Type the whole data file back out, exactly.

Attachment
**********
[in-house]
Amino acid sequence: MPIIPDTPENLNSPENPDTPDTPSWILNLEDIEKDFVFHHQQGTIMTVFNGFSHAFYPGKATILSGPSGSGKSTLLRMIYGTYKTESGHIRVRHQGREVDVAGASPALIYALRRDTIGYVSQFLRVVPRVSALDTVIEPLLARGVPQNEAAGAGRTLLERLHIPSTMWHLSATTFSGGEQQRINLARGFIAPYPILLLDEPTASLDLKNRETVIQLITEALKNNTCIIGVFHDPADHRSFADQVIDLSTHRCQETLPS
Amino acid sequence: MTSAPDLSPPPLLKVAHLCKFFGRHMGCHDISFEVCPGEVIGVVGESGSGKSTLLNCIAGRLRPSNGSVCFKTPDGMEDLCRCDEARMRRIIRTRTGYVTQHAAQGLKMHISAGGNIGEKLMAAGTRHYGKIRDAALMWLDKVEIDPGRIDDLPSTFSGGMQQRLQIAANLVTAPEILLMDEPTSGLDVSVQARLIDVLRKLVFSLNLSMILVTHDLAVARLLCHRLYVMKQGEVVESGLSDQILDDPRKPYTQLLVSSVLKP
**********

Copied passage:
[in-house]
Amino acid sequence: MPIIPDTPENLNSPENPDTPDTPSWILNLEDIEKDFVFHHQQGTIMTVFNGFSHAFYPGKATILSGPSGSGKSTLLRMIYGTYKTESGHIRVRHQGREVDVAGASPALIYALRRDTIGYVSQFLRVVPRVSALDTVIEPLLARGVPQNEAAGAGRTLLERLHIPSTMWHLSATTFSGGEQQRINLARGFIAPYPILLLDEPTASLDLKNRETVIQLITEALKNNTCIIGVFHDPADHRSFADQVIDLSTHRCQETLPS
Amino acid sequence: MTSAPDLSPPPLLKVAHLCKFFGRHMGCHDISFEVCPGEVIGVVGESGSGKSTLLNCIAGRLRPSNGSVCFKTPDGMEDLCRCDEARMRRIIRTRTGYVTQHAAQGLKMHISAGGNIGEKLMAAGTRHYGKIRDAALMWLDKVEIDPGRIDDLPSTFSGGMQQRLQIAANLVTAPEILLMDEPTSGLDVSVQARLIDVLRKLVFSLNLSMILVTHDLAVARLLCHRLYVMKQGEVVESGLSDQILDDPRKPYTQLLVSSVLKP